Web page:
Pendulum arbitration

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The pendulum arbitration is a process for arbitration of a conflict that in Great Britain and the United States especially in wage bargaining is common. Both parties to the dispute send the arbitrator a proposal for a solution, who then decides on one of them.

Pendulum arbitrations are usually convened on the basis of a prior contractual agreement, just like other arbitration courts . Since the profits and losses of the parties to the dispute depend on the unknown behavior of the respective opponent, pendulum arbitration, like the prisoner's dilemma , can be analyzed in game theory .


Both parties send the arbitrator a secret and binding proposal for a solution. The arbitrator will prepare an acceptable proposal for a solution beforehand based on the situation. The arbitrator then chooses the proposal that is closest to his own proposal. This is then established as a binding agreement. This is done without forming an average or offering any compromise . There are also no negotiations. The arbitrator is prohibited from modifying the submitted proposals in any way.


  1. The arbitrator sets an acceptable value, for example 3,000 euros in damages, and keeps it secret.
  2. Party A comes up with an offer, for example 2000 euros in damages, and sends this proposal to the arbitrator. B does not get any insight into it.
  3. Party B is also considering an offer, for example 5,000 euros in damages, and also transmits this proposal to the arbitrator without A finding out about the content.
  4. The arbitrator now has three proposed solutions: 2000 and 5000 euros in damages, as well as his own proposal. He chooses the value that comes closest to his own solution. This proposed solution is then considered a definitive arbitration award.


In an alternative procedure, the arbitrator does not propose his own solution. He then only decides on the proposed solution that is the most reasonable from his point of view. However, there is the possibility that a proposed solution is chosen which could actually be further removed from the "neutral" judgment.

In a further alternative, the procedure can be structured in an open manner: Both parties must communicate their final proposals to both the arbitrator and the opposing party, and both parties are given the opportunity to comment on the proposal for the attention of the arbitrator and the respective opposing party. This essentially corresponds to the pendulum arbitration that has existed since 1974 in major league baseball wage negotiations.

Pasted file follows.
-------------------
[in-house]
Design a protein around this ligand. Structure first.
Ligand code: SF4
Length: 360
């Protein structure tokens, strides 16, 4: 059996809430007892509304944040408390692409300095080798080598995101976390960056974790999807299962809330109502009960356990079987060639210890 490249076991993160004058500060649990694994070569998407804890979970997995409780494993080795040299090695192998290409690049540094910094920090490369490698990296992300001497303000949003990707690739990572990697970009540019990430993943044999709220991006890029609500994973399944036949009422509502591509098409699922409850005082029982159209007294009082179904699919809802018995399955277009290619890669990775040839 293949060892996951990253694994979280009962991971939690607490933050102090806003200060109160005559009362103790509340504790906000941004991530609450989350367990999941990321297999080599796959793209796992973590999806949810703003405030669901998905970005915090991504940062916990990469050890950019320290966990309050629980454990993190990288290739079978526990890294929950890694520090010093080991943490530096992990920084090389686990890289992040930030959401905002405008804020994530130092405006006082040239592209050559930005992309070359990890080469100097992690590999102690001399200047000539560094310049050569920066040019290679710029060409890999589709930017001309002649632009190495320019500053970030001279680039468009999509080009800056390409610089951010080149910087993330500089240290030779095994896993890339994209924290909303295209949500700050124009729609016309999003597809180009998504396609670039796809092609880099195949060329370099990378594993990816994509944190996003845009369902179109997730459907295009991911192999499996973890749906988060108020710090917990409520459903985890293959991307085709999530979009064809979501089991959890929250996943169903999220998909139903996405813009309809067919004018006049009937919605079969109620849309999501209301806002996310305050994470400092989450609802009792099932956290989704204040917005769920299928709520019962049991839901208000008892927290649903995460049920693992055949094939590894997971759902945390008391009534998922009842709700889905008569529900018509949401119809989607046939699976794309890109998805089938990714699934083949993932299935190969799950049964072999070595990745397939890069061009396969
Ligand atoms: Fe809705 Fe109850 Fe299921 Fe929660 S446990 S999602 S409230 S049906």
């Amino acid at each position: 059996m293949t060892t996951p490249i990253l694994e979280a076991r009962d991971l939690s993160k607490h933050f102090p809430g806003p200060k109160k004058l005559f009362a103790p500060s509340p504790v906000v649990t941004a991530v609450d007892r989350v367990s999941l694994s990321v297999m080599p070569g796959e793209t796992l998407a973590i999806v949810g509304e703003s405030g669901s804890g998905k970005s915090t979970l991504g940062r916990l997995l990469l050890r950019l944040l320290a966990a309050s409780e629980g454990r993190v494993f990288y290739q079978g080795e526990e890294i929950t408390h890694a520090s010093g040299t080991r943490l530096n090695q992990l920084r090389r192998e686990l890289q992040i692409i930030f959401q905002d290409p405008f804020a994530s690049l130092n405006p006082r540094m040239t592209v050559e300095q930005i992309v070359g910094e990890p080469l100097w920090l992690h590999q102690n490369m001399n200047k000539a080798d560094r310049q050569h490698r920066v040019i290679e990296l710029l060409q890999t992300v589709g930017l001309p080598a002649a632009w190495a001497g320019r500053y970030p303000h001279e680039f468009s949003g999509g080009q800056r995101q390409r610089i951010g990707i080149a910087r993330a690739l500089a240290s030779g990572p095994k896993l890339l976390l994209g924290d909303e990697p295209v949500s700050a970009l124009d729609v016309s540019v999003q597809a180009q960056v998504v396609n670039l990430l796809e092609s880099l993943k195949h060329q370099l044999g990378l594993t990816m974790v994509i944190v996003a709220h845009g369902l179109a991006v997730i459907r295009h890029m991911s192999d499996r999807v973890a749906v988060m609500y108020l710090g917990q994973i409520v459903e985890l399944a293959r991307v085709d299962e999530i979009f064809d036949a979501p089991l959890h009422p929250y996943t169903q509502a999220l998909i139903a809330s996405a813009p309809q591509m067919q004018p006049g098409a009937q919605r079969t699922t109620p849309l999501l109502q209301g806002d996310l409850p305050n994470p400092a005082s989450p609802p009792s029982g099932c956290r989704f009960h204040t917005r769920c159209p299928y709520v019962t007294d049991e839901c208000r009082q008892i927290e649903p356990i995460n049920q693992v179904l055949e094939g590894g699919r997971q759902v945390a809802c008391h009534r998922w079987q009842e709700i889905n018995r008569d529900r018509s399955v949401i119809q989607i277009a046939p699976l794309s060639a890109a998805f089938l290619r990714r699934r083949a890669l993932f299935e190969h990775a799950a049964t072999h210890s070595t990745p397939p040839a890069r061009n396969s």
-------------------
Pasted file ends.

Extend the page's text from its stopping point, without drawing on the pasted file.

• The main advantage of pendulum arbitration is that the procedure creates a certain degree of uncertainty - because A and B, in contrast to a (court) hearing, have no information about the position and proposal of the opposing party. The greater the actual distance between the proposals, the greater the uncertainty and thus the risk that the judgment could be unfair - in a glaring example, both parties could demand several million euros from each other. Since this uncertainty harms both parties, in the event of an impending pendulum arbitration, they have a great interest in reaching an amicable negotiation beforehand, or at least getting closer in their positions.
  • In a normal negotiation, the conflicting parties tend to make high demands in order to influence their counterpart or the mediator (see anchor effect ). If one disregards court costs and fees based on the amount in dispute, a high claim is also safe because the judge will reduce the claims to a "reasonable" level on his own initiative. In a pendulum arbitration, each party to the conflict takes into account (ideally) the interests of its opponent and will determine the demands conservatively.
  • Another advantage is the lean procedure, since in the simplest case both parties to the conflict develop and submit a proposal, and this without lengthy negotiations and presentation of evidence. Since the proposed solutions and the arbitrator's decision are definitive, the procedure is also shortened.


  • In the absence of a formal negotiation or a presentation of evidence, the arbitrator does not gain a complete picture of the conflict. However, this would make sense, especially if the arbitrator should form his own "fair" judgment before the two proposed solutions arrive.
  • It is in the nature of pendulum arbitration that the arbitrator's verdict is definitive. Any procedural errors cannot be brought to a higher authority.


Marvin Miller (1917–2012) was a director of the Major Baseball League Players Association (MLBPA) from 1966 to 1982 and was significantly involved in the wage negotiations of the players. He is considered to be the driving force behind the introduction of pendulum arbitration in American baseball , which is why the process is also called baseball arbitration . However, the origins of pendulum arbitration go back further, namely to the economics professor Carl M. Stevens from Reed College in Portland, Oregon. While working at the International Labor Organization in Geneva , he tried to design a process that would efficiently resolve labor disputes. In 1966 he published his idea in an article called "Is Compulsory Arbitration Compatible with Bargaining?" in Industrial Relations magazine .

In Chile in 1979 a law introduced pendulum arbitration as a normal part of collective wage bargaining.

Web links

Individual evidence

  1. Does Gesamtmetall have any suggestions for improving conflict management at the level of collective bargaining? from, accessed on May 9, 2014.
  2. Fluet & Gabuthy, 2010: Conventional versus Final-Offer Arbitration
  3. ^ California Department of Labor Relations, Commission on Health and Safety and Workers' Compensation: literature review - Final Offer Arbitration
  4. ^ Carl M. Stevens (1966): Is Compulsory Arbitration Compatible with Bargaining?
  5. Law No. 2758 of July 6, 1979